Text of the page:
Science Friday: The Earth Breathing … Visualized | We Could Have Contained California’s Oak Tree Epidemic … but didn’t

What a difference a leaf makes! Well, not one leaf. We have 3.1 trillion trees on our planet—that’s 422 trees per person. If we count all the leaves on all those trees and take a look at what they do collectively to the air around us, the effect—and I do not exaggerate—is stunning. I’ve got a video from NASA. When you see it, I think your jaw is going to drop—just a little.

It tracks the flow of carbon dioxide across the planet over 12 months, starting in January. Most of the action takes place in the Northern Hemisphere because that’s where most of the land is, and so that’s where most of the trees are. The biggest temperate forests are in Canada, Siberia, and Scandinavia.

Here’s the thing about trees …


More at the link

We Could Have Contained California’s Oak Tree Epidemic

By Nathaniel Scharping | May 4, 2016 4:08 pm

There’s a deadly disease ripping through Northern California right now, leaving millions of dead trees in its wake. There’s nothing we can do to stop it now, but we could have.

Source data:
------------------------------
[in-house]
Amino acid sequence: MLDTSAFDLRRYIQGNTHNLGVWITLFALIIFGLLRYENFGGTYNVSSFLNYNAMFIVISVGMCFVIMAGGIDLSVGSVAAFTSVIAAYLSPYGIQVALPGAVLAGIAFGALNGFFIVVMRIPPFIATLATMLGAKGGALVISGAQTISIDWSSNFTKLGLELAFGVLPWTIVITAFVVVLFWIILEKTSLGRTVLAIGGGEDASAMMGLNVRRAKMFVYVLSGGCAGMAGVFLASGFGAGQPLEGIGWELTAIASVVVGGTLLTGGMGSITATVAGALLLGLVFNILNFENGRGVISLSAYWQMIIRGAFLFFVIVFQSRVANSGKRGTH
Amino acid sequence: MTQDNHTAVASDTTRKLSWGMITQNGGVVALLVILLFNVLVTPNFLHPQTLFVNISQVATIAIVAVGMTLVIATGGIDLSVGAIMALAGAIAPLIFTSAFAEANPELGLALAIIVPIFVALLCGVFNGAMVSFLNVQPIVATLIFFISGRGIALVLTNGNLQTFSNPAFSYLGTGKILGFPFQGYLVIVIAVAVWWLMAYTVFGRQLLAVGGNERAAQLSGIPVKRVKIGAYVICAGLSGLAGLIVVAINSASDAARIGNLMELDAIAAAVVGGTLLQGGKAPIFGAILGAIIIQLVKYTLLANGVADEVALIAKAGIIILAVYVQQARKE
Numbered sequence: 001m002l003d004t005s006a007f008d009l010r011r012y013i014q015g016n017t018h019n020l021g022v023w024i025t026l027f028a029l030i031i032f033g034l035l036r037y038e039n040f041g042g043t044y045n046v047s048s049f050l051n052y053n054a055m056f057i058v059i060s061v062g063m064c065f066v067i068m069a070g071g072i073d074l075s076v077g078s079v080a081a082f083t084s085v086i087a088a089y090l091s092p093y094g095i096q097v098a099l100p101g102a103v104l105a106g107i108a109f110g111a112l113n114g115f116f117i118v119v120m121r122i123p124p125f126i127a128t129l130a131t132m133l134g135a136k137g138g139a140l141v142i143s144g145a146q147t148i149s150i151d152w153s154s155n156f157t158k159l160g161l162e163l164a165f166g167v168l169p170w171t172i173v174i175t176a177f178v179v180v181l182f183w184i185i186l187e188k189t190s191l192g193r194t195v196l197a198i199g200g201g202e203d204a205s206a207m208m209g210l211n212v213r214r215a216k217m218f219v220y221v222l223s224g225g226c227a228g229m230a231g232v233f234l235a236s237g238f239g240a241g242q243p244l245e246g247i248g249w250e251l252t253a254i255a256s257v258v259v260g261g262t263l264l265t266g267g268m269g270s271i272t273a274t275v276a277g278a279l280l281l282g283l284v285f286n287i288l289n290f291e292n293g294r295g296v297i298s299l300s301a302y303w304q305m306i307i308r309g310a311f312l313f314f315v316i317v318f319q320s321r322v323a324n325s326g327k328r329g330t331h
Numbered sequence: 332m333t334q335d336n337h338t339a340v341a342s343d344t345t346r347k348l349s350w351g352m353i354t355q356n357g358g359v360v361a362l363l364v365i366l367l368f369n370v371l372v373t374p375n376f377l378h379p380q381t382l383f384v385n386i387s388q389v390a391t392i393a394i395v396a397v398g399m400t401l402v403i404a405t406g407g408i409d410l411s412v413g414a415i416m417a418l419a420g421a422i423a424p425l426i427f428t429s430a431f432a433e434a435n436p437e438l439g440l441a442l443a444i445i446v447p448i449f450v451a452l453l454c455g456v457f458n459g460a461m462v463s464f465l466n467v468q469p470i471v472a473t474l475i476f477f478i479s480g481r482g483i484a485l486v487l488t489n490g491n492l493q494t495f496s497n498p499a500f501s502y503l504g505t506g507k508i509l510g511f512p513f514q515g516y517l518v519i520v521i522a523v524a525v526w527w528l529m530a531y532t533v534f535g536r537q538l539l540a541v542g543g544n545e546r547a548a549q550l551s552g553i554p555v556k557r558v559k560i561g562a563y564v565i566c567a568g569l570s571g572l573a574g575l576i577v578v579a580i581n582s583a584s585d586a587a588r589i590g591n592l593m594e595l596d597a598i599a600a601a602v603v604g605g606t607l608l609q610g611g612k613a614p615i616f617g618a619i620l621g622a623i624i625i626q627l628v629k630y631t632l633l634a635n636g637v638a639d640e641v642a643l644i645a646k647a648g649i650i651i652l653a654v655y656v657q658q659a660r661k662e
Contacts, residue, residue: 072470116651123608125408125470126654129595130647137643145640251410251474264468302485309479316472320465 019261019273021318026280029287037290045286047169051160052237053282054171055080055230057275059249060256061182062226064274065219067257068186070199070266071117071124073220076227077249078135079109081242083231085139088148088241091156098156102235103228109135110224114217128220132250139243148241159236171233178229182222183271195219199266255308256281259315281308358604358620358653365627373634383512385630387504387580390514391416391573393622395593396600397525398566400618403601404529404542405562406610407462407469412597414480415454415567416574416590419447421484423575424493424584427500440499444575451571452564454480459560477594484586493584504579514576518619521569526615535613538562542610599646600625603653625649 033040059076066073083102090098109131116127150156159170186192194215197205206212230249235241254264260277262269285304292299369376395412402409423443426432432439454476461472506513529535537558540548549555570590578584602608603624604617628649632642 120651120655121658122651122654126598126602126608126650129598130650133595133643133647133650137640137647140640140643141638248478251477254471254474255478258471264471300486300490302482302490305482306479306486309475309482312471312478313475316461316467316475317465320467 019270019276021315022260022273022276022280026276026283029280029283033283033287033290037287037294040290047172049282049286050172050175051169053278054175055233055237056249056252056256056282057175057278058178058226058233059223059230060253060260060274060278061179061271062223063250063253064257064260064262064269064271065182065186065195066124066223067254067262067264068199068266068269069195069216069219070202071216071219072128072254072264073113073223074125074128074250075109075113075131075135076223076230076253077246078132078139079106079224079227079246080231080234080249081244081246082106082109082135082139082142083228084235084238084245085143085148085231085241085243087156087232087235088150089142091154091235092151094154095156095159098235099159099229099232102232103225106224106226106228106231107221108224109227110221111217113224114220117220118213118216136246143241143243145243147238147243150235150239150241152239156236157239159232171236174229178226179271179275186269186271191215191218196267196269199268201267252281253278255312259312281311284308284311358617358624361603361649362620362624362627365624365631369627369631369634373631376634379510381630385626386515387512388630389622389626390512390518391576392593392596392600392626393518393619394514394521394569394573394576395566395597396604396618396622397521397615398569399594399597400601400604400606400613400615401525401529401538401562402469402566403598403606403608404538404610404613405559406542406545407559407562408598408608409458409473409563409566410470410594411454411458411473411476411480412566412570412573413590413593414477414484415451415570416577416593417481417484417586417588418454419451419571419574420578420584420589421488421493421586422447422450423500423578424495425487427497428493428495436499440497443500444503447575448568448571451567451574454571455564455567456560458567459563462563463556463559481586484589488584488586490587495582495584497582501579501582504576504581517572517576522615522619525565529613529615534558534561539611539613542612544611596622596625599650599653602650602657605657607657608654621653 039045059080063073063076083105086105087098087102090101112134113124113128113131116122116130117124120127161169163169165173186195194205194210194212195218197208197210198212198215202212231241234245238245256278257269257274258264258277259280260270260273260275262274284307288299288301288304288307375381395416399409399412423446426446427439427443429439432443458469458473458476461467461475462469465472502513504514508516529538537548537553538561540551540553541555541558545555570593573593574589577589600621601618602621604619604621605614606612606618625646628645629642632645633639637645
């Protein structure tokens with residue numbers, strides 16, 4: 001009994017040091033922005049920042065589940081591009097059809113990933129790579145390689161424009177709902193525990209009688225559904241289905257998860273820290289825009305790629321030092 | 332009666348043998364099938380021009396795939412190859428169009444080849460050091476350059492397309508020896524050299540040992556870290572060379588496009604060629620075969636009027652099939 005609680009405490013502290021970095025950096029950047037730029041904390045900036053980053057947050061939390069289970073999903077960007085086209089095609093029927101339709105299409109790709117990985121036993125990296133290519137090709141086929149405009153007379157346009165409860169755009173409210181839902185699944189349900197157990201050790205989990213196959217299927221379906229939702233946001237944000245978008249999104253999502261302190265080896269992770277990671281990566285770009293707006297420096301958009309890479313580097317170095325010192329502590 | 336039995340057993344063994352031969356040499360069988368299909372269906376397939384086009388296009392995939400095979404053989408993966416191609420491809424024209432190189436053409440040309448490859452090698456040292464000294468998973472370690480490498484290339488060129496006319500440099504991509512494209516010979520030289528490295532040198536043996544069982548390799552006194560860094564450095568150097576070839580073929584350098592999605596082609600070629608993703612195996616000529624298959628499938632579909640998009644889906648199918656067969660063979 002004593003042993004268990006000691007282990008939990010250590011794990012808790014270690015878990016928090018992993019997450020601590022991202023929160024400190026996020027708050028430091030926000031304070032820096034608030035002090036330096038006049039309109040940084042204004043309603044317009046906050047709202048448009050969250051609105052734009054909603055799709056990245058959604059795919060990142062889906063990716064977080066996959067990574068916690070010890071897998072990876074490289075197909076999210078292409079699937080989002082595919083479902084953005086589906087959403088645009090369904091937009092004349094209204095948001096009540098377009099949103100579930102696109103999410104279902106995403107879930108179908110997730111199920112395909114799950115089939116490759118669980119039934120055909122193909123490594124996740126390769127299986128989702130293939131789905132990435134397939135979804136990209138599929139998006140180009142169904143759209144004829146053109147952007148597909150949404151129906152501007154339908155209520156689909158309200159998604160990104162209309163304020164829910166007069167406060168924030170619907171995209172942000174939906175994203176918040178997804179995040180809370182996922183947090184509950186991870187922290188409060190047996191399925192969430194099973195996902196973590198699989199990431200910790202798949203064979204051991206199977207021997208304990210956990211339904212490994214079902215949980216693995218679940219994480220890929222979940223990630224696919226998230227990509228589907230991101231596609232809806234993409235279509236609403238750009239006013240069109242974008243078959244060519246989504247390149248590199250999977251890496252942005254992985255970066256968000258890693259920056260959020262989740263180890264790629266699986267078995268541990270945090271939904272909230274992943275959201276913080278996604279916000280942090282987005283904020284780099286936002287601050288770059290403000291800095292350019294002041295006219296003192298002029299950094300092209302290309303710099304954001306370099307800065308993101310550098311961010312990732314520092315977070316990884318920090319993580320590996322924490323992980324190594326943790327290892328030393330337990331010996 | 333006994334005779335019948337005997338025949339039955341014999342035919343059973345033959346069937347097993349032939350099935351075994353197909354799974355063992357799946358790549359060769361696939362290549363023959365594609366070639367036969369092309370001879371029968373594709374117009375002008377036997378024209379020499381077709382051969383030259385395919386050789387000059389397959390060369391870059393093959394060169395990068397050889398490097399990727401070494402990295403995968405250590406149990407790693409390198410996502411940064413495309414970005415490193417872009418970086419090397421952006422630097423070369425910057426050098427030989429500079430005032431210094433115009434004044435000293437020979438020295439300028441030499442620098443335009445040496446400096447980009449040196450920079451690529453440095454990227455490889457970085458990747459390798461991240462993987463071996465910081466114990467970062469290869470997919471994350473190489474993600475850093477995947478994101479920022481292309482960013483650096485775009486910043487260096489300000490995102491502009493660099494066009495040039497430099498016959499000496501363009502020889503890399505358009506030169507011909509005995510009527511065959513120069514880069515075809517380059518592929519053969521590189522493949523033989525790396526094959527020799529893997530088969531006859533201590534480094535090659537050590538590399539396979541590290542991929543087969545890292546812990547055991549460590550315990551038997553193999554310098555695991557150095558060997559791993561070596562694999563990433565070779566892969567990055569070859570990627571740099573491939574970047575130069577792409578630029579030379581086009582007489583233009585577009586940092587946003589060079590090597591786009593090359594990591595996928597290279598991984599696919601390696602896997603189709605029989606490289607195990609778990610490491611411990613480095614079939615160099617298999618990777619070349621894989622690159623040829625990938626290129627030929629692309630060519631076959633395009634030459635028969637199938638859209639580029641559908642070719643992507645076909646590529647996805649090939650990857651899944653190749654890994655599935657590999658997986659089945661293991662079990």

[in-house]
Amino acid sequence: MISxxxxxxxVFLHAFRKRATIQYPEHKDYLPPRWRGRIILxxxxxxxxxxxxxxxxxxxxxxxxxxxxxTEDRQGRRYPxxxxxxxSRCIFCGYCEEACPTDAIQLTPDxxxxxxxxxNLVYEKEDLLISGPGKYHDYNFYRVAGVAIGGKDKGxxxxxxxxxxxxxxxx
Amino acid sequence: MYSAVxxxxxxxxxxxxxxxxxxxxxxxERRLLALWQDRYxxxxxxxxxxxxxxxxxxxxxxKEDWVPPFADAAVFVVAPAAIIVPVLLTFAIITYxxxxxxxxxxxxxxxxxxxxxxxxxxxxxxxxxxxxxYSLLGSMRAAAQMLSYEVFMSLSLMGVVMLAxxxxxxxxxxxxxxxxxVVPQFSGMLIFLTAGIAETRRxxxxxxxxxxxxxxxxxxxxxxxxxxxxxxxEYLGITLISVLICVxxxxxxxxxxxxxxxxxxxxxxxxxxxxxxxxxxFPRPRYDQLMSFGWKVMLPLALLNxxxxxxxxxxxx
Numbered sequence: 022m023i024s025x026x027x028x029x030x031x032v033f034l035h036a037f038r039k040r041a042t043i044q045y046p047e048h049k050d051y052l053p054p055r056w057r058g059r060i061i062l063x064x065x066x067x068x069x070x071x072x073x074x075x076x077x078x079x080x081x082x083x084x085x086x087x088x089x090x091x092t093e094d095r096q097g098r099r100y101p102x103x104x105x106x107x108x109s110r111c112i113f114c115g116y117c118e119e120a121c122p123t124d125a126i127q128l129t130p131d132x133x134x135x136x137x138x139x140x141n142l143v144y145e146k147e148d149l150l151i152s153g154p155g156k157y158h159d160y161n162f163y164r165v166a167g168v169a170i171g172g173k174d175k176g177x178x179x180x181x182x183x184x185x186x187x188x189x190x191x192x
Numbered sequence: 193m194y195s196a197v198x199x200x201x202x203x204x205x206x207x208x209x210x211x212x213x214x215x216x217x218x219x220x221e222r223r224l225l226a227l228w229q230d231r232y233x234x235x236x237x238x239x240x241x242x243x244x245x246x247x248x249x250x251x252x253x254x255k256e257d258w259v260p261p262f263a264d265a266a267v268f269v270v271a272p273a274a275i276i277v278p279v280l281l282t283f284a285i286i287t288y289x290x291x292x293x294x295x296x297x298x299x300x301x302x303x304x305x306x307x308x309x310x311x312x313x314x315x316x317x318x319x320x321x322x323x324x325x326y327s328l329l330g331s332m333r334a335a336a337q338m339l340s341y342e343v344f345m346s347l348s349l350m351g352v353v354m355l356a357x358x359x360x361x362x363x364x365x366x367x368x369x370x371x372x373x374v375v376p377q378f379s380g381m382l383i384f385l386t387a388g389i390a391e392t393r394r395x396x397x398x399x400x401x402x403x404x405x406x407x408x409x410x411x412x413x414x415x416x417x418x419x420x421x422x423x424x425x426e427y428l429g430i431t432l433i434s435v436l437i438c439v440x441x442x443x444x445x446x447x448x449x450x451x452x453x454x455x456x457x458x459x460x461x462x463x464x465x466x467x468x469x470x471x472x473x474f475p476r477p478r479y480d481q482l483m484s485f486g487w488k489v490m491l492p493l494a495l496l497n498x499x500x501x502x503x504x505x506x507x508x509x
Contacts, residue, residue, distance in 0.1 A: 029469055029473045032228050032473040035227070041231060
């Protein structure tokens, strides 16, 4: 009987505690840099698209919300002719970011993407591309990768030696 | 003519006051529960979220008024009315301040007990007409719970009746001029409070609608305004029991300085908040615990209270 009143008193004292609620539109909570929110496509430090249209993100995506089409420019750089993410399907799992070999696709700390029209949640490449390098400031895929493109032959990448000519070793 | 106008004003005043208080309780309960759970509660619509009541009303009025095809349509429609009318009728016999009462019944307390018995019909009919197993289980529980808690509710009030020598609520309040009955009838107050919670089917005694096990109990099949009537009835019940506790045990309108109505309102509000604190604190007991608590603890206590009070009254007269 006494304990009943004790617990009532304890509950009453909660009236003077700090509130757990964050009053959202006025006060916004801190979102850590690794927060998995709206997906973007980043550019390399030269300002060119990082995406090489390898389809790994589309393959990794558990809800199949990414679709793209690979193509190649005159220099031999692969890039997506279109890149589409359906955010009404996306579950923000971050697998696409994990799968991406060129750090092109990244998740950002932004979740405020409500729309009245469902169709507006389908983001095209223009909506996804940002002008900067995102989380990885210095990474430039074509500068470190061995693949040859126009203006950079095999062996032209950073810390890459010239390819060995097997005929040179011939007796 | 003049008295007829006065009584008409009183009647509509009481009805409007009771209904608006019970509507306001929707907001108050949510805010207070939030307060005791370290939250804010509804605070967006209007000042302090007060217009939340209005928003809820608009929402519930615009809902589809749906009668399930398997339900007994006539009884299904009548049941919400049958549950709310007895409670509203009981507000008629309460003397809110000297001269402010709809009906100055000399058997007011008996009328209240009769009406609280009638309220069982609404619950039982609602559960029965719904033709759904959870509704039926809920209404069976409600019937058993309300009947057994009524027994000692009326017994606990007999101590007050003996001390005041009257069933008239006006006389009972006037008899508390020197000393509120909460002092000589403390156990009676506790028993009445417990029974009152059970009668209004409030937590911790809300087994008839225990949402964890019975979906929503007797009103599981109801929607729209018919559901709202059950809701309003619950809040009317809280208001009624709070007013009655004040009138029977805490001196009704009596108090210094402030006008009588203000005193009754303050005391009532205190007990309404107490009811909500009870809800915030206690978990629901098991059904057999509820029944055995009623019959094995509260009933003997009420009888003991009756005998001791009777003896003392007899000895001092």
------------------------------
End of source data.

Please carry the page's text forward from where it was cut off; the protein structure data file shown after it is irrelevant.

So-called “sudden oak death” is a disease caused by the plant pathogenPhytophthora ramorum, which is related to the menace that caused the Irish potato famine. The scale of destruction stemming from the disease seems to have surpassed what lawmakers in the region expected, and the time to fight back has long since passed: According to a new study, 2002 was our last chance to turn the tide. 

Tracking an Epidemic

Using disease models similar to those used to track human pathogens, a team led by researchers at the University of California-Davis examined how sudden oak death has spread in order to predict what’s coming next. The results are grim: Even if we were to wage a full-scale campaign against the disease today, researchers’ models suggest P. ramorum could still devastate forests along the West Coast, putting billions of trees at risk. They published their work Monday in the Proceedings of the National Academy of Sciences.




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